On the surface, last night's episode of Agents of SHIELD was about "facing reality" — something both Coulson and Fitz were grappling with. But on a deeper level, the (super funny) episode was about how the two men are both severely damaged. And the question of how far you can trust yourself, much less your friends.

Spoilers ahead...

It's to the credit of "I Will Face My Enemy" that it dealt with some pretty dark, heavy themes, and yet remained pretty light and fluffy. In particular, the crux of the episode is that Phil Coulson trusts Melinda May to kill Coulson if he turns evil — but he also realizes that he's dealing with an imposter, not the real May, when she's too ready to accept that order. He trusts her to kill him because she balks at doing so.

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In the episode's "A" plot, Coulson and May infiltrate a charity fundraiser, to steal a 500-year-old religious painting that miraculously survived a fire. (Because it has more of that alien writing that Coulson's been doing, that's also on the Obelisk.) There's a complication, though, because Glenn Talbot is there — or rather, someone pretending to be Glenn Talbot.

The fake Talbot is actually Bakshi, the Hydra second-in-command, and he captures Melinda May, sending the brainwashed Agent 33 to impersonate Melinda and bring Coulson back. But Coulson figures out that this isn't the real May, and gets the drop on her — while the real May escapes and gets the drop on Bakshi. In the end, SHIELD gets the painting, but Bakshi and 33 get away.

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In the "B" plot, Fitz is having a hard time socializing with the other SHIELD agents, especially now that the chatty Lance Hunter has joined the team. (Side note: this episode was written by former Warehouse 13 scribe Drew Z. Greenberg, and it's way better if you hear all of Lance Hunter's dialogue in Pete Lattimer's voice.) Fitz spends a lot of time talking to the imaginary Simmons in his head, who he fully knows is not real, because only she can see how he's still able to form sentences... that he just can't quite speak aloud.

But after the Fake May sabotages the Bus, Fitz has to step up and fix things before the Bus explodes and kills everybody — and he has to borrow Lance Hunter's hands to do it. In the end, Fitz is finally hanging out with the guys, drinking beers, and he seems closer to letting go of Simmons, both the real one and the imaginary one. He's even able to talk about her in the past tense, as someone who didn't feel the same way about him that he did about her.

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So the "facing reality" thing in this episode involves May confronting the fact that Coulson is continuing to deterioriate — like Fitz, Coulson's hands are none too steady — and he worries that he's going to lose it and go evil like Garrett, the other guy we know about who got the Kree goop and started sketching weird alien diagrams all the time. (To be fair, Garrett was already evil.) And Fitz admitting to himself that Simmons is really gone, and he's got to open up to the people who are actually present.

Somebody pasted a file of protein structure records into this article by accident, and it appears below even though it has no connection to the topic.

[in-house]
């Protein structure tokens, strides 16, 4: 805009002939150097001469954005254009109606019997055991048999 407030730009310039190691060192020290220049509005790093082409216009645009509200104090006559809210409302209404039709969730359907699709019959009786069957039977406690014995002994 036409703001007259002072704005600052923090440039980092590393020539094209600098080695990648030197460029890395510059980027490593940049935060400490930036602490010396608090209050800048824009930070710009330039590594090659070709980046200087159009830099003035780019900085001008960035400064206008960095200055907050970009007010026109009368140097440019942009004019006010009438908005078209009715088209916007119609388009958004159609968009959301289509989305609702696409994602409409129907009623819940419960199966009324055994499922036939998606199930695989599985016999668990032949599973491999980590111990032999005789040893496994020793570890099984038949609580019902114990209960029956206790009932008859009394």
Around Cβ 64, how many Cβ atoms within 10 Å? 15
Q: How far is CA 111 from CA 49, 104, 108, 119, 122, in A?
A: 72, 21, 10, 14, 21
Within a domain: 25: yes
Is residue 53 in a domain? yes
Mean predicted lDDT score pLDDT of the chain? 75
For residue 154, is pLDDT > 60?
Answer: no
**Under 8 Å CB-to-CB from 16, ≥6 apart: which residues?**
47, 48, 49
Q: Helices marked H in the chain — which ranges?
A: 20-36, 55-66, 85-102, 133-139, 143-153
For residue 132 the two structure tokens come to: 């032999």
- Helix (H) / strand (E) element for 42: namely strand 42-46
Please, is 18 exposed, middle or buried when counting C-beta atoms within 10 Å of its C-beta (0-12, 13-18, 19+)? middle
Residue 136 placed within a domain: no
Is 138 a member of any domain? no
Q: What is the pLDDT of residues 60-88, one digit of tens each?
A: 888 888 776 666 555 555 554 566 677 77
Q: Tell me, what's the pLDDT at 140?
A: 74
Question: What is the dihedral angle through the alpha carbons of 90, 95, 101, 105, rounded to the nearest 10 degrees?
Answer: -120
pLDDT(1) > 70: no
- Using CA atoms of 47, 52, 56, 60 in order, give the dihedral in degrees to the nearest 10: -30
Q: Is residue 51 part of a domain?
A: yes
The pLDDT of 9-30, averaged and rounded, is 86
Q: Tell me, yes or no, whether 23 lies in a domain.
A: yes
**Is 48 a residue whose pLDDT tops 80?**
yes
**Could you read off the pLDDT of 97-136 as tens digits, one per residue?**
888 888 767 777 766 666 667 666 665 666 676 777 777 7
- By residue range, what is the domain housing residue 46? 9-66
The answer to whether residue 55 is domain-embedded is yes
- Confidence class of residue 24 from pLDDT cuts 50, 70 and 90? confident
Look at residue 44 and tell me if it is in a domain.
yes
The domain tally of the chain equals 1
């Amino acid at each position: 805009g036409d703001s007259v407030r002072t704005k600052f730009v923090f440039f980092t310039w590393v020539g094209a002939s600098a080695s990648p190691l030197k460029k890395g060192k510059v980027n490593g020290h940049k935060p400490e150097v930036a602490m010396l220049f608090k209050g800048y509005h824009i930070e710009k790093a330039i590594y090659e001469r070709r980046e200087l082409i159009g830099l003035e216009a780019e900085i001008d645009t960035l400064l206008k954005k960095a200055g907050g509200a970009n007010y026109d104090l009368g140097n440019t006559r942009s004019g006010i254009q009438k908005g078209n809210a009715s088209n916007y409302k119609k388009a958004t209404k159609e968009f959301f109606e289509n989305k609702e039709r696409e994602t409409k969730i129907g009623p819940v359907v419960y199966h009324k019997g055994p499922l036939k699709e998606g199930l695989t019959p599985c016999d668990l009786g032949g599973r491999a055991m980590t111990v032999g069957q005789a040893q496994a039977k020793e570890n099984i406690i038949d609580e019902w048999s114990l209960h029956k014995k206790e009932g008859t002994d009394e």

But in an episode all about evil dopplegangers and imposters, it's interesting that the biggest questions aren't about how you know which May to trust, but about whether Coulson can trust himself, and whether Fitz can rely on his old skills and knowledge. And it's only because of Coulson's obsessive habit of needling May about making a contingency plan for if he turns evil, and Fitz's slow acceptance of his new limitations, that they're able to win.

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In the end, May tells Coulson that she already has a contingency plan for if Coulson goes bad: travel documents and other supplies, so she can pull him out and take him to a cabin in the Australian outback. Even after all the other stuff we've seen about the bond between them, this is kind of startling as well as touching. Coulson seems genuinely moved by her offer of sacrifice, even as he orders her to kill him instead.

"Face My Enemy" is a cute, funny episode, the kind of story Agents of SHIELD tried to pull off early in its run (like the Latin-American second episode) — but here it works way better, partly because of the undercurrent of darkness in Coulson's obsessive contingency planning and Fitz's despair. There's fun undercover stuff, and banter, and dancing, and Melinda May turns out to be really good at pretending to be a bubbly "modern" wife. But it's all comedy with kind of a dark heart.

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Oh, and this episode is directed by Mortal Kombat: Rebirth director Kevin Tancharoen (the brother of writer Maurissa Tancharoen) — which may explain why the big May-vs-May fight scene is quite so incredibly Mortal Kombat-esque. (But no one-handed decapitation.) Here's a tweet that contains the best bit:

All in all, this was another fun episode of SHIELD, which raised the stakes for Coulson's "condition" while also continuing to inflict maximum heartache over Fitz's.

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And the episode ends with a coda, where Raina, who stole the Obelisk out from under both SHIELD and Hydra a couple weeks ago, catches wind of this episode's events and tries to book a flight to Miami — only to run into the Hydra boss Whitehall. He attaches a deadly bug thingy to her hand, delivers one of his trademark creepy speeches about how he once kept a woman alive and awake for a week while operating on her, and then gives her 48 hours to hand over the Obelisk.

Presumably Whitehall doesn't know who Raina is working for — or he'd be prepared to deal with the awesome wrath of Kyle MacLachlan.